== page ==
Posted by: rbbadger | February 14, 2010

Fryderyk Chopin, Polonaise, Op. 53

1810 was a banner year for music.  That year saw the births of Robert Schumann and Fryderyk (often spelled Frédéric) Chopin.  While it is perhaps easy to classify Chopin as a French composer, given that he spent the greatest part of his career in France, he was a very Polish composer. 

He was born near Warsaw to Nicolas (known in Polish as Mikołaj) Chopin and Justyna Krzyżanowska.  His father taught French to the local aristocracy and found Poland very much to his liking.  Chopin’s father never returned to France.  His son, Fryderyk, went to Paris where he became a very great success.  However, Fryderyk Chopin never would return to Poland.

It is said that Chopin’s return to Poland was hampered by his refusal to obtain Russian travel documents.  Poland was ruled by Russia at the time, something which Chopin deeply resented.  In his travels abroad during the latter part of his career, he used French travel documents rather than having to use Russian ones.  He was very much a Polish patriot.  Despite being friends with some of the greatest French literary figures of his time, Chopin never set a word of French to music.  Rather, his songs are all in Polish.  When he died at the tragically young age of 39 from tuberculosis, Chopin was buried in Paris.  But before his burial, his heart was removed and taken back to Poland where it was subsequently interred.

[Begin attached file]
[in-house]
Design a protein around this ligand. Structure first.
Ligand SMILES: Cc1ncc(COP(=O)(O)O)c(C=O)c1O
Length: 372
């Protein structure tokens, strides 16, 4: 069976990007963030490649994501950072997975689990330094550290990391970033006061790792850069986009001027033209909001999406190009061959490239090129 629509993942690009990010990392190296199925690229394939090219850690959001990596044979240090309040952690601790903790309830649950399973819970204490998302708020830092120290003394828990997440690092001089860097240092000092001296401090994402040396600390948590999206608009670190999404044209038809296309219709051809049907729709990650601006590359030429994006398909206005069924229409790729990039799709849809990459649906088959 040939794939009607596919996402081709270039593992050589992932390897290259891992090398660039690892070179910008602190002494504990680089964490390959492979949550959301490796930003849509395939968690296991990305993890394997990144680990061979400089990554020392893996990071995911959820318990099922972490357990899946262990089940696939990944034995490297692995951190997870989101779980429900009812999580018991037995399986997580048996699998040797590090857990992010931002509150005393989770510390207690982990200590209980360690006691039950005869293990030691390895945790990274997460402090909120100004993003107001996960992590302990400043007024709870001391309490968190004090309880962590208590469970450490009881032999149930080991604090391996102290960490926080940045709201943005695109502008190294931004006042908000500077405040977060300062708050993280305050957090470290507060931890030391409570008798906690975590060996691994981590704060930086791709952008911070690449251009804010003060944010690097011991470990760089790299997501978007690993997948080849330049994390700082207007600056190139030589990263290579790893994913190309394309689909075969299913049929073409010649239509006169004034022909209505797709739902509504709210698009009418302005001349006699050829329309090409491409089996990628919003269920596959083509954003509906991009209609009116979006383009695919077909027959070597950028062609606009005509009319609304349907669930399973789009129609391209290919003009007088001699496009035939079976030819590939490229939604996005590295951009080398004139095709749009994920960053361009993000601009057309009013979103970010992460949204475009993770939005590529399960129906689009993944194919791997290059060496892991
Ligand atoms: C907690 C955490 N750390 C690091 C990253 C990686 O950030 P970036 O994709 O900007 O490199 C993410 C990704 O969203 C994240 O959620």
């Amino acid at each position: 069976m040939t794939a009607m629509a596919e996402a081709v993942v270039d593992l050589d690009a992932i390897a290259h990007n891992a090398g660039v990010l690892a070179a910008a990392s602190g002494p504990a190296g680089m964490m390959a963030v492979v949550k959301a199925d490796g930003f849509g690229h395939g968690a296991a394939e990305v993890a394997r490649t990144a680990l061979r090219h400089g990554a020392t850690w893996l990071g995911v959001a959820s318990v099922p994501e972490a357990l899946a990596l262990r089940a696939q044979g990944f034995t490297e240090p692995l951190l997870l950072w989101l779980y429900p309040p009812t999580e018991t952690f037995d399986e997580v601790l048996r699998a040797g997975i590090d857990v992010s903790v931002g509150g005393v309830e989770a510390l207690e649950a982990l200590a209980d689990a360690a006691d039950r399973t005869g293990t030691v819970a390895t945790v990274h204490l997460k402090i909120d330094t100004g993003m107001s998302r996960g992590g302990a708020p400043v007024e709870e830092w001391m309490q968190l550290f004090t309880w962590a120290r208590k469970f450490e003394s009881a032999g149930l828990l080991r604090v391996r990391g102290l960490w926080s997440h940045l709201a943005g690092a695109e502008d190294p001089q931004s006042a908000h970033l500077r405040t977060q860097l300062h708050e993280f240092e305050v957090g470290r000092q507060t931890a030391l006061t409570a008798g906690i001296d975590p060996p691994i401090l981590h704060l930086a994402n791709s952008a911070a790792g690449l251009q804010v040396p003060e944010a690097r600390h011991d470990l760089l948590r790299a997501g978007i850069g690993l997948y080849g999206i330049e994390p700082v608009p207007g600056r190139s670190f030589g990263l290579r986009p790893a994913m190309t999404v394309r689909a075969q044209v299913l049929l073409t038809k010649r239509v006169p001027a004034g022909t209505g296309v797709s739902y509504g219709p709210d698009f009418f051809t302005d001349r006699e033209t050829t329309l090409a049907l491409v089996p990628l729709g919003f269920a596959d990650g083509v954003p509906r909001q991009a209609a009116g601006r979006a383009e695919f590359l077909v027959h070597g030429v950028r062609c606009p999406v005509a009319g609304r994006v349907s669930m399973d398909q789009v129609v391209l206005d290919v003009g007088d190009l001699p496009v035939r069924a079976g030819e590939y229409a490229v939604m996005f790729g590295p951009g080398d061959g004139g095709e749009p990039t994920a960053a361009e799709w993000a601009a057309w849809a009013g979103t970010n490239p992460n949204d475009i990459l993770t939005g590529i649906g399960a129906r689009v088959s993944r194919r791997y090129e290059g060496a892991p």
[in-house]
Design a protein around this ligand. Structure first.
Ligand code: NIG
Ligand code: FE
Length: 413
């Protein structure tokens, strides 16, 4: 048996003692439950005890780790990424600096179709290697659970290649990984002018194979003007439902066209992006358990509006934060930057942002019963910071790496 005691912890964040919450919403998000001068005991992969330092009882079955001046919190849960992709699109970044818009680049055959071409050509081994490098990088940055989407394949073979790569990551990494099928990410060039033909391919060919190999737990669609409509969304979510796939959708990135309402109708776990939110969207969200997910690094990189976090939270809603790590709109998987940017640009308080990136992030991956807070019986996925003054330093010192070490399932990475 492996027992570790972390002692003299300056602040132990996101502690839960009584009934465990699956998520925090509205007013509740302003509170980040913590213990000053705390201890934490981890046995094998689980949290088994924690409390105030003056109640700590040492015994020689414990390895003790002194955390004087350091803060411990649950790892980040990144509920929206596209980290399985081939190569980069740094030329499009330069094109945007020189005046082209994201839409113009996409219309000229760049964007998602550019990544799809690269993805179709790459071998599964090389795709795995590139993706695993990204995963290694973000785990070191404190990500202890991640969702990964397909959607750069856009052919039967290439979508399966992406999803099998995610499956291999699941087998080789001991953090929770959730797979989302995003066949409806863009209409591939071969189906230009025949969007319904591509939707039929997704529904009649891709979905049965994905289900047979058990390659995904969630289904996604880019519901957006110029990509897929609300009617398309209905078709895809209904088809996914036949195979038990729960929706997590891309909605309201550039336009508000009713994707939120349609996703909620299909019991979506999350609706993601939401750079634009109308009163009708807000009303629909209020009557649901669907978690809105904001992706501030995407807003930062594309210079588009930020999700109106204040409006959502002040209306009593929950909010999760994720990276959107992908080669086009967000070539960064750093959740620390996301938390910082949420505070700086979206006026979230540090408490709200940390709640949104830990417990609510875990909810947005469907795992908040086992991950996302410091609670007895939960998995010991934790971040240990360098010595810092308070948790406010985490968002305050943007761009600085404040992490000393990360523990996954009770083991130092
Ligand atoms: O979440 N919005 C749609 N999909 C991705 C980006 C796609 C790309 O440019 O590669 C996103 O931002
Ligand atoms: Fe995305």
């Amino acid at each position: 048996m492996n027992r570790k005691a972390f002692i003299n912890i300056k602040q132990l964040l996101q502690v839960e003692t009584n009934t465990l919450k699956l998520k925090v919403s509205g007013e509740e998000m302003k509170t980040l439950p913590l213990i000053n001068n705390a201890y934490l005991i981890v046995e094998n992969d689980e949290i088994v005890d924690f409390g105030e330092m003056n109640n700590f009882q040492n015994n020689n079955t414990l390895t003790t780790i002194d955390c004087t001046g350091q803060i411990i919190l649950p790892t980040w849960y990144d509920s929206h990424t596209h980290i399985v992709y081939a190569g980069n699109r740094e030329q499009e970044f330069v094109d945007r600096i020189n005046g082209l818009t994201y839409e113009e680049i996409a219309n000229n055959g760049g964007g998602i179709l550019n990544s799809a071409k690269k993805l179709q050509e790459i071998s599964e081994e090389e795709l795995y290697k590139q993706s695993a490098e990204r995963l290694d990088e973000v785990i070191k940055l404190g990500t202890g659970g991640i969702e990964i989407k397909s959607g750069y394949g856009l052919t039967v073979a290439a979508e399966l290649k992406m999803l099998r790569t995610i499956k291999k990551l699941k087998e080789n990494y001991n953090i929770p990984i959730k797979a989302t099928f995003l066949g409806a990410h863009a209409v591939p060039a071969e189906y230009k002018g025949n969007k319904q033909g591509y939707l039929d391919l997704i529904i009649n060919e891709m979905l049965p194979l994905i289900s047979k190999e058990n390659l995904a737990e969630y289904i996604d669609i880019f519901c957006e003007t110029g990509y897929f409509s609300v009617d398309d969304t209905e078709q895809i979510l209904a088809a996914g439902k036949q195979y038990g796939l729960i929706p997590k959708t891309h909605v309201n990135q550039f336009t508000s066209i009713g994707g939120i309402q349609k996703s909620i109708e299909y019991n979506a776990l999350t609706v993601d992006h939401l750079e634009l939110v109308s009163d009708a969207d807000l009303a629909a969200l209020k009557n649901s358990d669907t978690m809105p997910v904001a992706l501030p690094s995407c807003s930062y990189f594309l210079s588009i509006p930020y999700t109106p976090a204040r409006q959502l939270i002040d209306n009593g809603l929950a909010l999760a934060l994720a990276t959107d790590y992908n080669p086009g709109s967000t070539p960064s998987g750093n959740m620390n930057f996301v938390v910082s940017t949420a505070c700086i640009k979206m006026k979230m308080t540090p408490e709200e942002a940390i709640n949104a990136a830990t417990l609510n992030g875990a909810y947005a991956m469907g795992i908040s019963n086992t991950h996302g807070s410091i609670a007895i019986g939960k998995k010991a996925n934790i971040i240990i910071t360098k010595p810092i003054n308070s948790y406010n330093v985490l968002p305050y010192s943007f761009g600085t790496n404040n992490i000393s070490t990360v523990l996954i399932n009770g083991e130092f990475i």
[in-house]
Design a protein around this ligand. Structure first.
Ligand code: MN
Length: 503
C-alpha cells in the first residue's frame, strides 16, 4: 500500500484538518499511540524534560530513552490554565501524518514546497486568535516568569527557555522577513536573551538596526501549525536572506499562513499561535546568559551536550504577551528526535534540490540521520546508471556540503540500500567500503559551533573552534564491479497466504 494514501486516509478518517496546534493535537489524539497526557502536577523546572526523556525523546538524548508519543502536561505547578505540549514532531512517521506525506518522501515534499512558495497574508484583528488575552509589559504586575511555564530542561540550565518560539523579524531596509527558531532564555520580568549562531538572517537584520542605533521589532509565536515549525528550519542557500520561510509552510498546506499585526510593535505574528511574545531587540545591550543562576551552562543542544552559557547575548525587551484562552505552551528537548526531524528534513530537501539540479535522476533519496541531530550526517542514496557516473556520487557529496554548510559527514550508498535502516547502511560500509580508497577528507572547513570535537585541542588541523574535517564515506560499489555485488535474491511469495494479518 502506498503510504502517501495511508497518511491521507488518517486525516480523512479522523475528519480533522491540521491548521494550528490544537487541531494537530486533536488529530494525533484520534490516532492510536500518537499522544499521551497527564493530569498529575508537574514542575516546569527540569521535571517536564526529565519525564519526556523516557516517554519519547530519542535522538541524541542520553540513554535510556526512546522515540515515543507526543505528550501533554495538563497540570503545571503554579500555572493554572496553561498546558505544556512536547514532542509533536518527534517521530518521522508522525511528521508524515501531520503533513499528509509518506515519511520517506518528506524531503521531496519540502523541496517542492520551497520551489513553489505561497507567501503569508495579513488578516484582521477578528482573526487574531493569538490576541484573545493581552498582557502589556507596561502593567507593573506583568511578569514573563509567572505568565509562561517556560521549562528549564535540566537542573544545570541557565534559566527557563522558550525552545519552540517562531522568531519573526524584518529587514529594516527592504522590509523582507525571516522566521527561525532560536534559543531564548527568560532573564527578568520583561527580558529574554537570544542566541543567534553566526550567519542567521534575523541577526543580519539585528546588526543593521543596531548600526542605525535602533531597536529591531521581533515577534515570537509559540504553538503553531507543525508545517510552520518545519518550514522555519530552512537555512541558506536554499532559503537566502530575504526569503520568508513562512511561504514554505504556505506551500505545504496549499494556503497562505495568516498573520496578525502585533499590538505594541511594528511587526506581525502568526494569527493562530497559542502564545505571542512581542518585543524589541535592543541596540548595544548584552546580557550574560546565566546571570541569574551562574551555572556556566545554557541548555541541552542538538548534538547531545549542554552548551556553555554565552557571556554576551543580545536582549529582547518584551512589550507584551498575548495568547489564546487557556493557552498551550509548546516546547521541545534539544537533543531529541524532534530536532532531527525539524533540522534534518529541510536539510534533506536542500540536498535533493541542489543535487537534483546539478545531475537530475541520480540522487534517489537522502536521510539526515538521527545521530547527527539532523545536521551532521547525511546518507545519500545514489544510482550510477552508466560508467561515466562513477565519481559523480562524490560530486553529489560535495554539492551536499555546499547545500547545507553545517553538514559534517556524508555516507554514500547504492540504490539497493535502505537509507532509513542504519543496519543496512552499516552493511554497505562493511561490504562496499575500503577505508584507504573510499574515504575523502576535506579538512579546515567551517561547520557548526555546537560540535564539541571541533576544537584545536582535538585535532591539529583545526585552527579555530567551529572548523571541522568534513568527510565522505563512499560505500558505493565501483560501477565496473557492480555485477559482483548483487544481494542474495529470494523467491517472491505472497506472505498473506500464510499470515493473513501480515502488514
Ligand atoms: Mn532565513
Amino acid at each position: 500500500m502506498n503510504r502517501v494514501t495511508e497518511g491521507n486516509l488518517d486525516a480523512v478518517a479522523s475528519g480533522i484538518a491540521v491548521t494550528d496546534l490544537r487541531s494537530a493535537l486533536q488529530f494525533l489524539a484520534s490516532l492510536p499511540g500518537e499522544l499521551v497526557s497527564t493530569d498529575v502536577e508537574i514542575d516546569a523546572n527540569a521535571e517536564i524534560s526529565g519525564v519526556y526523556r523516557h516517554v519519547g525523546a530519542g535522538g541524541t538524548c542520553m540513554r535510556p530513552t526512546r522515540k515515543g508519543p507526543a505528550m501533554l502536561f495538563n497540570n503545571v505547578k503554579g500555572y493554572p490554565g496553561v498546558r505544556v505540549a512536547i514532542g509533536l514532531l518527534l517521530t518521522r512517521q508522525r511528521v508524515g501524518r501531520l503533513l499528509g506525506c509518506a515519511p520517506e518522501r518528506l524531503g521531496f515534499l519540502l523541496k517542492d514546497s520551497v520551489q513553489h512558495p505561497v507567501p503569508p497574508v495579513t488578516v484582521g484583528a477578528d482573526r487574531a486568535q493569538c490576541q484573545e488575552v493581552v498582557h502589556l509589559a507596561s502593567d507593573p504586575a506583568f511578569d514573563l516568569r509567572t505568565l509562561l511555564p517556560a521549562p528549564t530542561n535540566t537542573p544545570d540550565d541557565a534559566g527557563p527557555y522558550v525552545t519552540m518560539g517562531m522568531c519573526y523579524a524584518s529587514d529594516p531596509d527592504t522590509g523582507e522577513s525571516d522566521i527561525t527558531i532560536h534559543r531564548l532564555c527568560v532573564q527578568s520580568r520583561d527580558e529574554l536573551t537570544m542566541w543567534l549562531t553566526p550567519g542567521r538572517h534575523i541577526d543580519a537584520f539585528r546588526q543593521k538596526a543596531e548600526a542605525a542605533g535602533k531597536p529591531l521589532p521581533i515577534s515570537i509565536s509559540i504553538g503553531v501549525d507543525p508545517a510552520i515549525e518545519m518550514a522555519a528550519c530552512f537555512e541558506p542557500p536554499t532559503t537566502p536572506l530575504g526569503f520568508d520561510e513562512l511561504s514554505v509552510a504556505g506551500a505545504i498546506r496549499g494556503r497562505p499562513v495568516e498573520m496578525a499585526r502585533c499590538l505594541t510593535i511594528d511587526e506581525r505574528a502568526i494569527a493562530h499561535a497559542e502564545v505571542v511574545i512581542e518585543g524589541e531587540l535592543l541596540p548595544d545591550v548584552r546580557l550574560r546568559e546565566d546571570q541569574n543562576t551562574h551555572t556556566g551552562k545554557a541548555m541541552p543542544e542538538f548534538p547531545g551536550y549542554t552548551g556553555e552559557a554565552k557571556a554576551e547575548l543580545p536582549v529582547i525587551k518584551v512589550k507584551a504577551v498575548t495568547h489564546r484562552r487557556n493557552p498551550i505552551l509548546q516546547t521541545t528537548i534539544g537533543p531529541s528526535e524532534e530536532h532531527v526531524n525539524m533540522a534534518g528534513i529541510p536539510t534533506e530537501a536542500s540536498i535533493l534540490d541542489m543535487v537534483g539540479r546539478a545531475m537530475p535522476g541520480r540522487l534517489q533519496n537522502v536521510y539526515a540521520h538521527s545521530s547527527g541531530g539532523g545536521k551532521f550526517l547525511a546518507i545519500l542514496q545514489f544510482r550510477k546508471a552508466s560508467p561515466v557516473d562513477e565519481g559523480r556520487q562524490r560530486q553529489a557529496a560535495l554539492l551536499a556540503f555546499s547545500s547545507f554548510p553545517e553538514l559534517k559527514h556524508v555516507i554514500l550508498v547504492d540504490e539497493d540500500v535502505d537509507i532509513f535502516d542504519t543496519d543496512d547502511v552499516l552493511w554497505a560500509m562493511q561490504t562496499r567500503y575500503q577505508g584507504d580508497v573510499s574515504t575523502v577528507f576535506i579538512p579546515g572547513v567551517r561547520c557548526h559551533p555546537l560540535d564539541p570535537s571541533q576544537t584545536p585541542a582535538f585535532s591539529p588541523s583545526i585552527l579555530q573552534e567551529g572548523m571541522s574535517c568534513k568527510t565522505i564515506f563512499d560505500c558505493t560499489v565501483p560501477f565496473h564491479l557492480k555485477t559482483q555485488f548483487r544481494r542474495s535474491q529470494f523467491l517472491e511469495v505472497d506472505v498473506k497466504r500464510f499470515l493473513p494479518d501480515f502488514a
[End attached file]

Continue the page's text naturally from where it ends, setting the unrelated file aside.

Chopin’s music is sort of that classical music which everybody knows.  He knew how to create memorable melodies.  It is likely that you know far more Chopin that you think you do, mostly because his music is so memorable and so ubiquitous. 

Here is the Russian-born American pianist Vladimir Horowitz performing Chopin’s Polonaise, Op. 53.  I really marvel at the incredible technique Horowitz had.  He made it all look supremely easy.  He never indulged the mannerisms that some pianists, such as Mitsuko Uchida, are famed for.  Rather, he was a master of control, never exerting beyond what was necessary and tossing off fiendishly difficult passages as if they were nothing.  Horowitz said that he only practiced for two hours each day.  

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Responses

  1. Thanks for always finding and sharing good high class culture with us! Wow! Very uplifting and inspiring! Hope you are doing well! Love ya!

  2. i always wonder…don’t you miss playing? you were amazing. i hope someday you can have an awesome piano or harpsichord or pipe organ or something in your house. 😀 thanks for sharing this! I love chopin.


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